“I was ahead by 27 years; my time has come now.” Tulsi Tanti, the founder-chairman of Suzlon Energy, spoke these words a few hours before succumbing to a cardiac arrest at 64.
The pioneer of windmill energy in India and one of the global figures in the sector spent a day in Ahmedabad on September 30, updating the shareholders, investors and the media about Suzlon Energy’s Rs 1,200-crore equity rights issue. He was on his way home to Pune from the airport when he suffered a heart attack.
Tragically, he left the world when the company was scheduled to open the company’s rights issue on October 11 to repay Rs 900 crore from the proceeds to ease out cash flows.
For the unversed, Suzlon Energy accounts for a third of India’s total wind energy capacity of around 40 gigawatts (GW). At its peak in 2008, Suzlon Energy’s market capitalisation was Rs 68,067 crore. Now, it stands at Rs 8,536 crore.
Tanti wasn’t just a zealous entrepreneur. He had an infectiously charming presence. For an entrepreneur of his stature, he had a light-hearted attitude, ever wearing his success gracefully. Tanti had an interesting interpretation of the word, Suzlon. Humouring the Gujarati businessman’s English, or perhaps the lack of it, he would say ‘Suz’ meant a deep sense of a subject, while ‘Lon’, in Gujarati twang, referred to loans.
Metaphorically, it was his eloquence in the global language of business that made him a towering figure. When Suzlon acquired Hansen Transmission International of Belgium, one of the negotiators said, “He doesn’t speak their language but he speaks business.”
Truly, he had the vision to scale global heights. He was one of the first movers of renewable energy 25 years back. He took wind energy by storm, no pun intended.
A student of commerce and mechanical engineering who belonged to a small-time business family in Rajkot, Tanti established a textile unit – Sulzer Synthetics – in Surat in 1987. He had set up wind energy units for his own business and, encouraged by the success, he ventured into the wind energy sector.
In 2005, the government announced tax breaks for the wind energy sector. Tanti bid for the Rs 1,500 crore IPO which was oversubscribed 15 times, bringing him to the eighth spot on Forbes’ list of richest Indians in 2005. During the next decade, Suzlon emerged as one of the top five wind turbine makers globally.
Things started to go a bit awry the moment Suzlon’s subsidiary AE-Rotor Holding BV acquired Germany’s REpower Systems. Though Suzlon had the management control of REpower, German laws did not allow Suzlon to use the company’s technology. Nor could Tanti have access to the cash reserves of the German subsidiary.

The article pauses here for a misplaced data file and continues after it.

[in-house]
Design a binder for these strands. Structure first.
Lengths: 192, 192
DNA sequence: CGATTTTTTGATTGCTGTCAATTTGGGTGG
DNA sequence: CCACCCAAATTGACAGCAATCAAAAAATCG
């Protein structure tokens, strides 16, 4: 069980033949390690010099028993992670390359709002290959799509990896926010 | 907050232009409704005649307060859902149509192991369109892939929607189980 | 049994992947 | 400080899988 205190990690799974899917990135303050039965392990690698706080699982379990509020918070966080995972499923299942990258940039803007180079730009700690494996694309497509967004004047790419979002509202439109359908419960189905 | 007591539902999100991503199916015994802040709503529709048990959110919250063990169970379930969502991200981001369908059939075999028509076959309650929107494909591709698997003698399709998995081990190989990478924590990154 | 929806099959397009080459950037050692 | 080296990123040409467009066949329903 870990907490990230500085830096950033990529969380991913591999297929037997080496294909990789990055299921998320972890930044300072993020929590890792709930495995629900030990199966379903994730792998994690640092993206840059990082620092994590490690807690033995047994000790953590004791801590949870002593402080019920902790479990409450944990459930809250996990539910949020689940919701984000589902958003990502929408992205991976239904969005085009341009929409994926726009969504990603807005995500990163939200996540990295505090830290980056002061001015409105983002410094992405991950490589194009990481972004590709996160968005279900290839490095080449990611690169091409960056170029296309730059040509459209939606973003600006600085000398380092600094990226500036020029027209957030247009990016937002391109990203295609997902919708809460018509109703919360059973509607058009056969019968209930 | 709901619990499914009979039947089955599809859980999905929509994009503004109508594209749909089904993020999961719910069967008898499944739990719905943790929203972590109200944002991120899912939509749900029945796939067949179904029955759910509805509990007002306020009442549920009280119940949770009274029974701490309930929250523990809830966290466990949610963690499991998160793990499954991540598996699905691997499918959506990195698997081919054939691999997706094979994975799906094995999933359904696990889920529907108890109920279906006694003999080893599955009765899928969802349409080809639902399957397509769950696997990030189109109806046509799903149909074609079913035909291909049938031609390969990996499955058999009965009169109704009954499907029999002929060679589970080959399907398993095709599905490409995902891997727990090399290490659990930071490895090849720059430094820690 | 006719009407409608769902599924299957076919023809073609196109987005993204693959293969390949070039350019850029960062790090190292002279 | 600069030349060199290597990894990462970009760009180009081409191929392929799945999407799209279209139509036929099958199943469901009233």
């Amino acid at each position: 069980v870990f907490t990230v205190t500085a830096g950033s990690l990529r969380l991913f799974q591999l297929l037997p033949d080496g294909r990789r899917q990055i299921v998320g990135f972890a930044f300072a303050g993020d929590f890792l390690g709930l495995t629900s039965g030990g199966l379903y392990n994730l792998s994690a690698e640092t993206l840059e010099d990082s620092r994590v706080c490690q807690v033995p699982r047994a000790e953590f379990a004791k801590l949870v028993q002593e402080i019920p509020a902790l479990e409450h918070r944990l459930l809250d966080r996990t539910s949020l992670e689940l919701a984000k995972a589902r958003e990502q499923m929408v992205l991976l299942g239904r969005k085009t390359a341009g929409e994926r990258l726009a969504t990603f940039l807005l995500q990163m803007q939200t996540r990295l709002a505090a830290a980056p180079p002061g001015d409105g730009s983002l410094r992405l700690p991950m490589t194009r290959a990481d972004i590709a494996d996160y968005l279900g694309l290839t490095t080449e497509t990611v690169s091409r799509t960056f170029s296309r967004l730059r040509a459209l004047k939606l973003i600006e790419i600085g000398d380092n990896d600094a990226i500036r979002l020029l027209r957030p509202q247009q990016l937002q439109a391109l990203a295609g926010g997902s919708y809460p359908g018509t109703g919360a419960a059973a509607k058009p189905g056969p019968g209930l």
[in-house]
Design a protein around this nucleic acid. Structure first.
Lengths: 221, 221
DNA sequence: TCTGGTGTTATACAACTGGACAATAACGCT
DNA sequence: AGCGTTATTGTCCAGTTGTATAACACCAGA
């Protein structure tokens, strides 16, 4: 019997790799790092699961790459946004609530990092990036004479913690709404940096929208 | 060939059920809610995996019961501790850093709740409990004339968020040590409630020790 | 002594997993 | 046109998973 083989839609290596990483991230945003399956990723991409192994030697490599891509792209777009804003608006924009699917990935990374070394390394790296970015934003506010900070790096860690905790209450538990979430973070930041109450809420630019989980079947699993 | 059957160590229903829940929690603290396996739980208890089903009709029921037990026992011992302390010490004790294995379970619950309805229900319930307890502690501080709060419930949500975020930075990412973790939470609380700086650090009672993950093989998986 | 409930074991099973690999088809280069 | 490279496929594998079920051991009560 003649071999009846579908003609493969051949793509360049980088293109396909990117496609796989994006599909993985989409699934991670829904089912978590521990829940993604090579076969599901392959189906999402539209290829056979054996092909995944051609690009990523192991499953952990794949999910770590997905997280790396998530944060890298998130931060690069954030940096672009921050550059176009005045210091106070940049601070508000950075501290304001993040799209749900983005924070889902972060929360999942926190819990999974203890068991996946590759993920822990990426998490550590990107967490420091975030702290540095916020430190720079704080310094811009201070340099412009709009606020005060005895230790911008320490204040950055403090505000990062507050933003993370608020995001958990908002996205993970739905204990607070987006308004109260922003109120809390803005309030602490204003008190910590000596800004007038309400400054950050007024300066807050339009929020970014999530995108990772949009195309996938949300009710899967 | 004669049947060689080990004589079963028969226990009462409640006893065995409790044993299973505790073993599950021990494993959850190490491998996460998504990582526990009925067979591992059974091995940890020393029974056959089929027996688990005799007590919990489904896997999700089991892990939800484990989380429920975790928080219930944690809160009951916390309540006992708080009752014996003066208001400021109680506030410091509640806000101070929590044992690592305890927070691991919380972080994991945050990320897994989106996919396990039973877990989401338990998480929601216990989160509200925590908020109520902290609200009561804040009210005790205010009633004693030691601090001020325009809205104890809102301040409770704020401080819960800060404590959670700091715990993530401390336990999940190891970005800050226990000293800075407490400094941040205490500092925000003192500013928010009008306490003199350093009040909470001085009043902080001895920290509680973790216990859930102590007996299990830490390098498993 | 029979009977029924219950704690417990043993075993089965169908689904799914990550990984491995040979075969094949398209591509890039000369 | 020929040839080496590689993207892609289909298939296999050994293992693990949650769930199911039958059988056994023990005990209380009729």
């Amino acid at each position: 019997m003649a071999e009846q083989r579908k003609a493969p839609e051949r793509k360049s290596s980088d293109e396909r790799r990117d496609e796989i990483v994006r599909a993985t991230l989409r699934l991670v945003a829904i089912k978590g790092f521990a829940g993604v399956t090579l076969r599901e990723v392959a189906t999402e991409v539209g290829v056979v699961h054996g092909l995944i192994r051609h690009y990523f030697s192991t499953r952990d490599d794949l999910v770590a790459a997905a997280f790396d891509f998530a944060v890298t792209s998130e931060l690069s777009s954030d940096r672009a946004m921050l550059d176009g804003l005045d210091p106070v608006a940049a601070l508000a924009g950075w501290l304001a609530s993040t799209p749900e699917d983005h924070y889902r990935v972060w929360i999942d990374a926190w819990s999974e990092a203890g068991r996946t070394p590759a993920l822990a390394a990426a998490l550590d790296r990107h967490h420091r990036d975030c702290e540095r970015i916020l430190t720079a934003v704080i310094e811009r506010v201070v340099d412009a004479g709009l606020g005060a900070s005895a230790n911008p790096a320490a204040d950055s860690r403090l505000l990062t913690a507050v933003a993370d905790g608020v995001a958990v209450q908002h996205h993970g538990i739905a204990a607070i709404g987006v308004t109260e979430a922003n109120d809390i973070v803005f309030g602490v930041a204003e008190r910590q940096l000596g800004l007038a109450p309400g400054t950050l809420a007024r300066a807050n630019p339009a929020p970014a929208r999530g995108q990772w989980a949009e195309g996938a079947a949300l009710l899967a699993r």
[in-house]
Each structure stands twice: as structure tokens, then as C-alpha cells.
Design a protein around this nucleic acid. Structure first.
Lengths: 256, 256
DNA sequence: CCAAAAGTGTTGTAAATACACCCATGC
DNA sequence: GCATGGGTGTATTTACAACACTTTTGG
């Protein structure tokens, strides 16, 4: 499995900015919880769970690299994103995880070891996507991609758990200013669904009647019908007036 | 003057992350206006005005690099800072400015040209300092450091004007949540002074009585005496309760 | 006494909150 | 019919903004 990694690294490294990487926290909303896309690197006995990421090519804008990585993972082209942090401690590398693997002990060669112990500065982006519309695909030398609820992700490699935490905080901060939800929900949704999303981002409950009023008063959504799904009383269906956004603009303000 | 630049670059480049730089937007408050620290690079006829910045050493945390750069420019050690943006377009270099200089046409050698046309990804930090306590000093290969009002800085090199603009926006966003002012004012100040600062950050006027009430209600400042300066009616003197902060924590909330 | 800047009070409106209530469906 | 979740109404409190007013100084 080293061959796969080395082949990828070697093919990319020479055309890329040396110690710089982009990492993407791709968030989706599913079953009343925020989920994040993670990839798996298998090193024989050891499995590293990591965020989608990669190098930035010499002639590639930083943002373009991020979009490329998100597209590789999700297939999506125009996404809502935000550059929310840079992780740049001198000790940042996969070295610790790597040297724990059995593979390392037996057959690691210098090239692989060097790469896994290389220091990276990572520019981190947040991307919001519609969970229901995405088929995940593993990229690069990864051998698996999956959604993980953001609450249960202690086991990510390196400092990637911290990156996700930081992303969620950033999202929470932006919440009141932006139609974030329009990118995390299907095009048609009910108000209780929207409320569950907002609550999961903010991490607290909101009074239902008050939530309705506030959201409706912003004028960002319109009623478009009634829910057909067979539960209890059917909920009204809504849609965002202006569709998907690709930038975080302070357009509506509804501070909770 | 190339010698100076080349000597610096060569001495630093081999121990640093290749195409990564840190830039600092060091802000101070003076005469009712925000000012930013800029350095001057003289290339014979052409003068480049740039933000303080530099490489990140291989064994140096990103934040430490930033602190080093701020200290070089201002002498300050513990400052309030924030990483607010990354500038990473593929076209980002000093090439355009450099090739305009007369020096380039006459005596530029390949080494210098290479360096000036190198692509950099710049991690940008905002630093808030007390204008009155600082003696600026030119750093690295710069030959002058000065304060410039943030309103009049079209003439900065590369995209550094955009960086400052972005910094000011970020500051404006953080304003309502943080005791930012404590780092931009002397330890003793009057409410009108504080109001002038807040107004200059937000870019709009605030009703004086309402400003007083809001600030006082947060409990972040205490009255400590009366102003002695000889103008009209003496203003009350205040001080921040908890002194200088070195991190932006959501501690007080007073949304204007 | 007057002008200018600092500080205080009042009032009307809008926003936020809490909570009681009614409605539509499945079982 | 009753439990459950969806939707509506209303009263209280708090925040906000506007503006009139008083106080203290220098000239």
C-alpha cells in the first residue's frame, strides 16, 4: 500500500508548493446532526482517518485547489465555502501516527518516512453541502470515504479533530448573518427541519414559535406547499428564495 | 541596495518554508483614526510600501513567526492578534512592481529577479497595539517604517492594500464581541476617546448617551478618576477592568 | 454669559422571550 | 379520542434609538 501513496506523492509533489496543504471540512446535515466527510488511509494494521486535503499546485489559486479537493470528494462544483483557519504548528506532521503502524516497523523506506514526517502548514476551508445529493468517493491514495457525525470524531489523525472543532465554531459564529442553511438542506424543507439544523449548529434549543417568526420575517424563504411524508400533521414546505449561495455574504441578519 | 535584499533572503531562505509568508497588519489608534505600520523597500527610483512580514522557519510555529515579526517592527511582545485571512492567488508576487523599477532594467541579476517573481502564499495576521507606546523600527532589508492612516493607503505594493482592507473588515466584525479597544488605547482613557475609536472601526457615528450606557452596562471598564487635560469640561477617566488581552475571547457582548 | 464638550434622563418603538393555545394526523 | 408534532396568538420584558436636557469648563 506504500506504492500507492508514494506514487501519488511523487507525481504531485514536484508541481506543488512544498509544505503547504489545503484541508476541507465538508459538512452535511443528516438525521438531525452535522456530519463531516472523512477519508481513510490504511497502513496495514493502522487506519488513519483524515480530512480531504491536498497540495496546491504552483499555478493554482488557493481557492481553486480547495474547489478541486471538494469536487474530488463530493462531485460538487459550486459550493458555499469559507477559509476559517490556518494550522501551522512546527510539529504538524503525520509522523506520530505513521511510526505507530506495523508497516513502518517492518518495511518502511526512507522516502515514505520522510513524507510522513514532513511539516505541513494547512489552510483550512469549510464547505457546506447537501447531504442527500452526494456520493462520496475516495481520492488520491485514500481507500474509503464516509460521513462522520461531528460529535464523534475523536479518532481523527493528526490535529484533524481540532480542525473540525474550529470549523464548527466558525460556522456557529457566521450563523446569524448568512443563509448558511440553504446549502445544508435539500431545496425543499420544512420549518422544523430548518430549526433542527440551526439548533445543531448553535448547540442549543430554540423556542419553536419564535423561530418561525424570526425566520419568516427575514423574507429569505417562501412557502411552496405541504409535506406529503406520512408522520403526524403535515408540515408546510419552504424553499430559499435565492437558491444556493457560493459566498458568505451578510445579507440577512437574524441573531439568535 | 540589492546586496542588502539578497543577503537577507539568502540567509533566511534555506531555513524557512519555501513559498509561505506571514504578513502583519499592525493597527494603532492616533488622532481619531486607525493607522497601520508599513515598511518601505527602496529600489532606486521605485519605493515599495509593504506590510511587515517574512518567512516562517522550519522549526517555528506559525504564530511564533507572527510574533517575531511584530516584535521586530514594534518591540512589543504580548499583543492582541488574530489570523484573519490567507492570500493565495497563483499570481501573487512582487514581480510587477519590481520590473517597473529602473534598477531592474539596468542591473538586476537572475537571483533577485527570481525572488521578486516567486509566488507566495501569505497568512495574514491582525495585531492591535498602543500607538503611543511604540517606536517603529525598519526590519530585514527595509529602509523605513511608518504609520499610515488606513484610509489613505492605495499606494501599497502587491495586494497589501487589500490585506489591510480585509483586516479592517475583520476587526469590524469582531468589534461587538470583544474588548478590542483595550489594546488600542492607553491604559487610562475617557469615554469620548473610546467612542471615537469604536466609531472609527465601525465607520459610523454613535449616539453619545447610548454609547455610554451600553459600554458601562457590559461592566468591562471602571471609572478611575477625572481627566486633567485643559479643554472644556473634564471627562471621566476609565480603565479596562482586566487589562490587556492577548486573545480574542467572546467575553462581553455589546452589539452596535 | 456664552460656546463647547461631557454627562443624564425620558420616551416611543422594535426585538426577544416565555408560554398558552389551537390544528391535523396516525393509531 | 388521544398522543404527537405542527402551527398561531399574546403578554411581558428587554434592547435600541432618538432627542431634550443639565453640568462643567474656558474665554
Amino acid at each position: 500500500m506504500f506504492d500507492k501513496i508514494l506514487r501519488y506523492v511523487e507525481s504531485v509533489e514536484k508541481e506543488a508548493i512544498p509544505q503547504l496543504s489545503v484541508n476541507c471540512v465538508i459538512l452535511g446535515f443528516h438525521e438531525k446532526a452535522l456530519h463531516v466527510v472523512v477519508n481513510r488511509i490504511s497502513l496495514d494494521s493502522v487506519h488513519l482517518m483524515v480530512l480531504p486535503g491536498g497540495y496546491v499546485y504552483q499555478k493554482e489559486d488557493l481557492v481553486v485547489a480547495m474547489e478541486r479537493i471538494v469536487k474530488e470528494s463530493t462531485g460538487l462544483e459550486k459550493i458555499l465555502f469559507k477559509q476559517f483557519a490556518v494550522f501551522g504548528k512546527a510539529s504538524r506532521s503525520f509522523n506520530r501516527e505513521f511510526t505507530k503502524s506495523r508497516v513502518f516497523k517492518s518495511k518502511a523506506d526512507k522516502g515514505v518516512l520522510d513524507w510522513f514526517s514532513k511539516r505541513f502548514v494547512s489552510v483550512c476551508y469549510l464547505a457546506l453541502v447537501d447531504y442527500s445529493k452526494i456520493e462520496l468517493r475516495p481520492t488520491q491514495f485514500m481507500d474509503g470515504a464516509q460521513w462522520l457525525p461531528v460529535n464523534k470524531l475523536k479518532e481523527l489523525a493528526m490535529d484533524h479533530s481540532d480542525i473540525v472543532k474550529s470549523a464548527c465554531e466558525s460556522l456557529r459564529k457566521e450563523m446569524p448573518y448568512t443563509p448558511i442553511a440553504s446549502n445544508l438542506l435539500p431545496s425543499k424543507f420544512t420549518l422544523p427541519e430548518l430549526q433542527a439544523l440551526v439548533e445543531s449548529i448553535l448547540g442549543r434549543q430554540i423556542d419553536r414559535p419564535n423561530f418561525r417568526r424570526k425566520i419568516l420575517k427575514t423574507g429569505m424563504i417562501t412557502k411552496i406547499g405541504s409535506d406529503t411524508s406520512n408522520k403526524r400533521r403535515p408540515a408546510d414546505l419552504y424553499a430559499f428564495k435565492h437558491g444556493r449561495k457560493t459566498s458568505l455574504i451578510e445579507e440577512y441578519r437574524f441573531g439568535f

Matters came to a head when they were paying the debt raised to finance the acquisition. They were forced to pay Rs 411 crore for the supply of replacements of faulty components to US customers.
Suzlon tried divesting Hansen Transmissions and raising funds to repay the debt. There was no respite as the government spent on renewable energy projects. Suzlon, meanwhile, defaulted on the repayment of $209 million worth of foreign currency convertible bonds in 2009.
Around 2013, the SBI-led consortium restructured Rs 9,500 crore of loans along with a fresh working capital loan of Rs 1,800 crores. Dilip Shanghvi of Sun Pharma also tried to bail the company out by acquiring a 23% stake in 2015.
Even as the problems piled up in the form of unfavourable policies of the government, rolling back of incentives, shrinking market share and intense competition, Suzlon defaulted on the repayment of bonds worth $172 million.
Meanwhile, the SBI-led consortium restructured Suzlon’s debt worth Rs 14,000 crore two years ago.
After repayment of the sustainable debt, Suzlon Energy had to pay the non-sustainable debt. After taking a 65% haircut, the group of banks consented to convert loans of Rs 8,200 crore to long-term optionally convertible debentures payable in 20 years with the condition that the promoters infuse equity.
There was a brief spark in June 2022 when a consortium of bankers sold Rs 4,100 crore of Suzlon loans to the Rural Electrification Corp (REC) and the Indian Renewable Energy Development Agency (IREDA).
Unfortunately, he breathed his last at an inopportune moment. He had been advocating the shelving of e-reverse bidding for wind-energy projects following complaints of unviable tariffs owing to unhealthy competition.
While the business community mourns the champion of the wind energy sector, it should celebrate the life of an industry pioneer, who pursued his vision against all odds.